The Perfectionist

A friend who is a perfectionist is someone who feels that everything that needs to be done exactly in relation to their concept of perfection. That means no compromising even when the finances don’t allow for the very best and insisting on all the extras when those extras aren’t necessarily in the budget. While perfection has it’s place and time, having a friend who insists on perfection on every activity the two of you do can quickly drain your finances.

The Miser

The miser is similar to the toll collector as they’re the type of person who never wants to part with their money. This is someone who tries to get out of paying their fair share. Such a person is bad for your finances because you run the risk of paying for your portion in addition to part of theirs. Have you ever planned an event with this person and ended up paying for most of it because they didn’t want to chip in? There’s a difference between a friend who is on a budget and a friend who is stingy. The miser falls into the stingy category.

The Manipulator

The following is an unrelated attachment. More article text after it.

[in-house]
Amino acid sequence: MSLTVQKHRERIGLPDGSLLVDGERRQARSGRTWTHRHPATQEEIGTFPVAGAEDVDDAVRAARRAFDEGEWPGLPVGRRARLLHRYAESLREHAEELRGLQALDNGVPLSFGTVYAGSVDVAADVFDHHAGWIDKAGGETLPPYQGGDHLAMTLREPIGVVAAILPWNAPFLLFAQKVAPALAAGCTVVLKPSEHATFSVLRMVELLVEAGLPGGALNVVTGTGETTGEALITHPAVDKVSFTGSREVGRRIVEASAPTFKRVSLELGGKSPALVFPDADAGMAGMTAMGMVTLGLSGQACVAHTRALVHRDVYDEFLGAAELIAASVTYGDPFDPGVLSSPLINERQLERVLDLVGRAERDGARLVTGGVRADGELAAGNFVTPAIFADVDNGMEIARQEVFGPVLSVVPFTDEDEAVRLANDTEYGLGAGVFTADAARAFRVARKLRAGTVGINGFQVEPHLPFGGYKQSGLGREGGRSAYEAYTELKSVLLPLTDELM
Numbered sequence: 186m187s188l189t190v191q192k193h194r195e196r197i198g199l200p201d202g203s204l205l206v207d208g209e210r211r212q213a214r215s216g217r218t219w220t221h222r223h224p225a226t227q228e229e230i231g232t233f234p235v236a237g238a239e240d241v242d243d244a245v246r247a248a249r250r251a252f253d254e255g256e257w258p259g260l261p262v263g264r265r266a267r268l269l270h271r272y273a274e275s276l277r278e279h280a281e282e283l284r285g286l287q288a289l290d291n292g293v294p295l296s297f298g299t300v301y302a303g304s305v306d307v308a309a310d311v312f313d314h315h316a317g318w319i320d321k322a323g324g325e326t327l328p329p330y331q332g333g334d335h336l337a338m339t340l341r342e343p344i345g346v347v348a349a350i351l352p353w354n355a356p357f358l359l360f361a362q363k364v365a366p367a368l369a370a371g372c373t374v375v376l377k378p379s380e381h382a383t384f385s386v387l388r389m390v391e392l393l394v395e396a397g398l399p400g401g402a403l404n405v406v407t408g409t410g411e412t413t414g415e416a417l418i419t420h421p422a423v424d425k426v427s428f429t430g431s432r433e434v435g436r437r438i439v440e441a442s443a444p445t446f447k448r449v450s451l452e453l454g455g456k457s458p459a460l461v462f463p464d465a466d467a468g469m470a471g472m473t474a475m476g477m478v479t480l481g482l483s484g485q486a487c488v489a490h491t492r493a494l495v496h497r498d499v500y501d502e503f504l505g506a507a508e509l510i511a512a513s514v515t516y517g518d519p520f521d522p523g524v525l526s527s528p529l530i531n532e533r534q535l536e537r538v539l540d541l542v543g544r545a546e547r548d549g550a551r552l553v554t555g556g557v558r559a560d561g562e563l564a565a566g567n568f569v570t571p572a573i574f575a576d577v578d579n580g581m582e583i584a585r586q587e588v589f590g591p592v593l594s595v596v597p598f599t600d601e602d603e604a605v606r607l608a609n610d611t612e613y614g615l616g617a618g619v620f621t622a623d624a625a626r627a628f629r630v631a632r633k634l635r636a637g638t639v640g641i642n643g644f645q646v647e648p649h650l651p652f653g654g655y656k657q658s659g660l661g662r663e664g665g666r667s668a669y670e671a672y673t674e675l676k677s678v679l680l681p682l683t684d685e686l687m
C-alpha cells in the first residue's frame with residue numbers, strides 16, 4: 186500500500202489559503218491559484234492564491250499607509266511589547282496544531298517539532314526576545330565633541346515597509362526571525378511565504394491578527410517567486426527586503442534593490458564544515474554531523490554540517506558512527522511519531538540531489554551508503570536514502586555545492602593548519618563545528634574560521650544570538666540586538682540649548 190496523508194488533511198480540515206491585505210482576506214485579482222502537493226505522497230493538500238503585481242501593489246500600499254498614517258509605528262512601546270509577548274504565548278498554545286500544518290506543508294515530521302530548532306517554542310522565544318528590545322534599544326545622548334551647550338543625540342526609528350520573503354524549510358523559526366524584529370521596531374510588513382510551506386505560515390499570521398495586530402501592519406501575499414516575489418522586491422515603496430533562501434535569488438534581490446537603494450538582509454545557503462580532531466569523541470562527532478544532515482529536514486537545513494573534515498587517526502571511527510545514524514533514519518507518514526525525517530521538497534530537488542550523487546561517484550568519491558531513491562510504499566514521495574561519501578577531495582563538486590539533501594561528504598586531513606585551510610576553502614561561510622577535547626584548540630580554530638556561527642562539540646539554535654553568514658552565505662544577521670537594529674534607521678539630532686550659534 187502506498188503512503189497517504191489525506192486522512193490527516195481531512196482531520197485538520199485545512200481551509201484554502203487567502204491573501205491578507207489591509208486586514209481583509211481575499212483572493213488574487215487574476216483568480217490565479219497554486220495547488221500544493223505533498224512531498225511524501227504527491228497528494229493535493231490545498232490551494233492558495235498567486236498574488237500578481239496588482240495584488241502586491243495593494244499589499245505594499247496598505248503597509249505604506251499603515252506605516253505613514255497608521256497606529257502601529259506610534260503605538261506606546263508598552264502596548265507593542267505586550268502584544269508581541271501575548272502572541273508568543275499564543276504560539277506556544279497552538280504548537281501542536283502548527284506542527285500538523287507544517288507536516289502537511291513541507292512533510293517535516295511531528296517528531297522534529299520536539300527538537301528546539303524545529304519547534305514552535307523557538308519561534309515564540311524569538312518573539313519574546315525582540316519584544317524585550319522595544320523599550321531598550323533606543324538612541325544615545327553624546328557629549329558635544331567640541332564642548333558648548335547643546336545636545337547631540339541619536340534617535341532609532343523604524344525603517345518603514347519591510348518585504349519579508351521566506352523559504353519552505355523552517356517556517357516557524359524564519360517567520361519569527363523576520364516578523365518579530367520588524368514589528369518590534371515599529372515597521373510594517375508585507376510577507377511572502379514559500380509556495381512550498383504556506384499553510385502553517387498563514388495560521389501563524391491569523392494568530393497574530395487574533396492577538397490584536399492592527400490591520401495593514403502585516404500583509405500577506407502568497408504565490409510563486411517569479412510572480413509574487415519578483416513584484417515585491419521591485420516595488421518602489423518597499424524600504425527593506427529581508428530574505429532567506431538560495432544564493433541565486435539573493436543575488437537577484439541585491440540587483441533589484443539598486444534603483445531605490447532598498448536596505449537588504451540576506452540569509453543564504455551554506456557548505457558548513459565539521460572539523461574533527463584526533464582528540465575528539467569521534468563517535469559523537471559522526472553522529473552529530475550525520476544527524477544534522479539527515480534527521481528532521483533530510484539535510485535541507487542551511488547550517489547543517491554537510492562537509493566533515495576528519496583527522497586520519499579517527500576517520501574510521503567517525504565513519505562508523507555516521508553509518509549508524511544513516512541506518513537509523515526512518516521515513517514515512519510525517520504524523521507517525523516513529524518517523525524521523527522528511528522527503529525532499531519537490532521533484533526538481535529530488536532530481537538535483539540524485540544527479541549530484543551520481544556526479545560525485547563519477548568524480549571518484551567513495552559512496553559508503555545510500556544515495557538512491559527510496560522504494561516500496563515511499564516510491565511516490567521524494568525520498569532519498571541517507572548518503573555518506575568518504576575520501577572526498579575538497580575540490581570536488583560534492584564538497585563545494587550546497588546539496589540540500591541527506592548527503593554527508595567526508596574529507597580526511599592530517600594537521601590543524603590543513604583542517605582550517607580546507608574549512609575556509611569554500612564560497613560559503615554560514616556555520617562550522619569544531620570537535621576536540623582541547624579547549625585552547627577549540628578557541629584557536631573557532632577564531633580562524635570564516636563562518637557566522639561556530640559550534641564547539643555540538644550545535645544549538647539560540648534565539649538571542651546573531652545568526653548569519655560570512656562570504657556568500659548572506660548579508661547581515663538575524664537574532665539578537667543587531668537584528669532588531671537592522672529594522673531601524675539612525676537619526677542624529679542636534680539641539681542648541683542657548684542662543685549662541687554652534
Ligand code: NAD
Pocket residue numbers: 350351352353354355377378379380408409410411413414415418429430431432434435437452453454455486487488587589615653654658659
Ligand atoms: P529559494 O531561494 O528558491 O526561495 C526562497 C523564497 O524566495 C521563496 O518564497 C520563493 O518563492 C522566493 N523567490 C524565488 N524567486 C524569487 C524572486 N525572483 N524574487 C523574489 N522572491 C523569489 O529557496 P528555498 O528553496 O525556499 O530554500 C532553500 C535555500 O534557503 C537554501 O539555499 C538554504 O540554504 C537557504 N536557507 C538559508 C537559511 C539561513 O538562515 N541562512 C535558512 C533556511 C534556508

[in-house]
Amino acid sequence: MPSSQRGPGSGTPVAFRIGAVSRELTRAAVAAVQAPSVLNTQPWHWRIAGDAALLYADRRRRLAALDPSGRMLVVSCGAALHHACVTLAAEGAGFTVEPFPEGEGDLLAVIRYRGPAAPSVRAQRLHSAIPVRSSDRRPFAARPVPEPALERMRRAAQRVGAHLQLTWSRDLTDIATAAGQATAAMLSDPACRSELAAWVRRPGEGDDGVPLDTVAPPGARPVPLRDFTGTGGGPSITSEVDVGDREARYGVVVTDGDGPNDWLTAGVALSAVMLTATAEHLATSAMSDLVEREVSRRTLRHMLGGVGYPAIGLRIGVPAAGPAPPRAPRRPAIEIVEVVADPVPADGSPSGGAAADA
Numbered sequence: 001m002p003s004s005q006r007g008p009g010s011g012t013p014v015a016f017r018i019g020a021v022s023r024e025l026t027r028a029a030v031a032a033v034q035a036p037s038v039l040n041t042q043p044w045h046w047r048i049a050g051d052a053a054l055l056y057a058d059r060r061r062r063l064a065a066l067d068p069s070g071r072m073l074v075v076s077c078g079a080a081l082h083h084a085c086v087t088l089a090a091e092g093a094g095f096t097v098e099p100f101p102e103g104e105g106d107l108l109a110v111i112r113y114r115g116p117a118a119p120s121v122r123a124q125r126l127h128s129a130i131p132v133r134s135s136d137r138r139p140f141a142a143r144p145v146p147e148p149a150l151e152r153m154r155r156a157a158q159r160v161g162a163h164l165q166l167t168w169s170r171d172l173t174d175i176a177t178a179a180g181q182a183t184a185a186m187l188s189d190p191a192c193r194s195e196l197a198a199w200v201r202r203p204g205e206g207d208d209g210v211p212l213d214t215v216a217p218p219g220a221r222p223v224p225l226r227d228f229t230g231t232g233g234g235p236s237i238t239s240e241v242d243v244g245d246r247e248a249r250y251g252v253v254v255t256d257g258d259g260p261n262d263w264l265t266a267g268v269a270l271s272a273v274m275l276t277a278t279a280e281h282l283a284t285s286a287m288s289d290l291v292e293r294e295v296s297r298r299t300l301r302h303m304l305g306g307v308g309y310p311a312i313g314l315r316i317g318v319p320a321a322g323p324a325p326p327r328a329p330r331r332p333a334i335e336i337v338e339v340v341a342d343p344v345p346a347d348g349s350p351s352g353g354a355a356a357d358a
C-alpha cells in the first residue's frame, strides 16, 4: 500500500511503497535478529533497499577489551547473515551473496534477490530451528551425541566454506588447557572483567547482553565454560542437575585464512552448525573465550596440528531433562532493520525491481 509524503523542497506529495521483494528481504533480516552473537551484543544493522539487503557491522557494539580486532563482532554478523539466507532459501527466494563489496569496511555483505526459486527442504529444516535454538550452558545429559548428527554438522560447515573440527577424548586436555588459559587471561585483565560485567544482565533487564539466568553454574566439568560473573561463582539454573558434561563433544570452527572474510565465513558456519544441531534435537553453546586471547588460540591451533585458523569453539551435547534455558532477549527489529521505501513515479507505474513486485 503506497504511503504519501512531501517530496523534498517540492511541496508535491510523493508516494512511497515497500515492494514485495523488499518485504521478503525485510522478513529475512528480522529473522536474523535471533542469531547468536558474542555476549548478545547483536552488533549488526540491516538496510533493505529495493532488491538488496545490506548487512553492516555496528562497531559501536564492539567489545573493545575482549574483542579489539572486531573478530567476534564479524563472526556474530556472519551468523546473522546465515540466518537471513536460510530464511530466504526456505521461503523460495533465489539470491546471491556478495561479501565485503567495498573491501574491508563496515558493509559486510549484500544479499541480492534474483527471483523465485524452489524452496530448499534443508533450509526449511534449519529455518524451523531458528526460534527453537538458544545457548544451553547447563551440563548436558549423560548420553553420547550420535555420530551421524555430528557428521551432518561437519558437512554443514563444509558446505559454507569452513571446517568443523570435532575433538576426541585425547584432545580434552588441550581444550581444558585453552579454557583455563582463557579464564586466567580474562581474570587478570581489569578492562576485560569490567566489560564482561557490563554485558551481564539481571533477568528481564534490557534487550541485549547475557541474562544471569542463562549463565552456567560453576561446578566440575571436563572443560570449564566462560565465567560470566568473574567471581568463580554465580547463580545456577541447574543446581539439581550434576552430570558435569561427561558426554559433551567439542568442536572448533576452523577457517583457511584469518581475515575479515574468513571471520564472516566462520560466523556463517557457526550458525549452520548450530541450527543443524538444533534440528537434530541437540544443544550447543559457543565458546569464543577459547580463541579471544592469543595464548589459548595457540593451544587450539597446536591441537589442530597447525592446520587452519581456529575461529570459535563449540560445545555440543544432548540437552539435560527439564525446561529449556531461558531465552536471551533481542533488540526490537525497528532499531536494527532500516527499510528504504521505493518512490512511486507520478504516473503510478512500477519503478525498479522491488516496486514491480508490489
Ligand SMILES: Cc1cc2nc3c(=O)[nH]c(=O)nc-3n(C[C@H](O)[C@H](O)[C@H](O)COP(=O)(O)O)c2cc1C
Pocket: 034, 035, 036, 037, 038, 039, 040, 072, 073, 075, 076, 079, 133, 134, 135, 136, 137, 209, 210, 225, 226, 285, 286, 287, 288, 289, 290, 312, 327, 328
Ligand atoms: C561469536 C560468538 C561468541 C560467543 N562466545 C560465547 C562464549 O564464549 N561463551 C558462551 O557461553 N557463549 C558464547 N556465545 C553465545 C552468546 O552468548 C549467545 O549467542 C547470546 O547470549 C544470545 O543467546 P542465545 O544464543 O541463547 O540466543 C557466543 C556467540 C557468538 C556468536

A friend who manipulates you in any way is not a good friend to have. One who does so with money is the type of person you want to avoid having as a friend. This is a person who will manipulate you into either loaning them money or paying for their purchases. They might try and guilt you into it or claim you owe them money. Regardless, this person is a very big negative influence on your finances.

The Gossip

Do you have a friend who constantly asks how much money you make, how much you paid for a certain item, or if you have any outstanding loans or debt? These are questions that no one has the right to know the answer to unless you want to tell them. It might make you second guess your financial status or reveal too much information about your finances to a third party. Anyone who asks after your finances, especially when they have no business asking, is someone you should be careful around.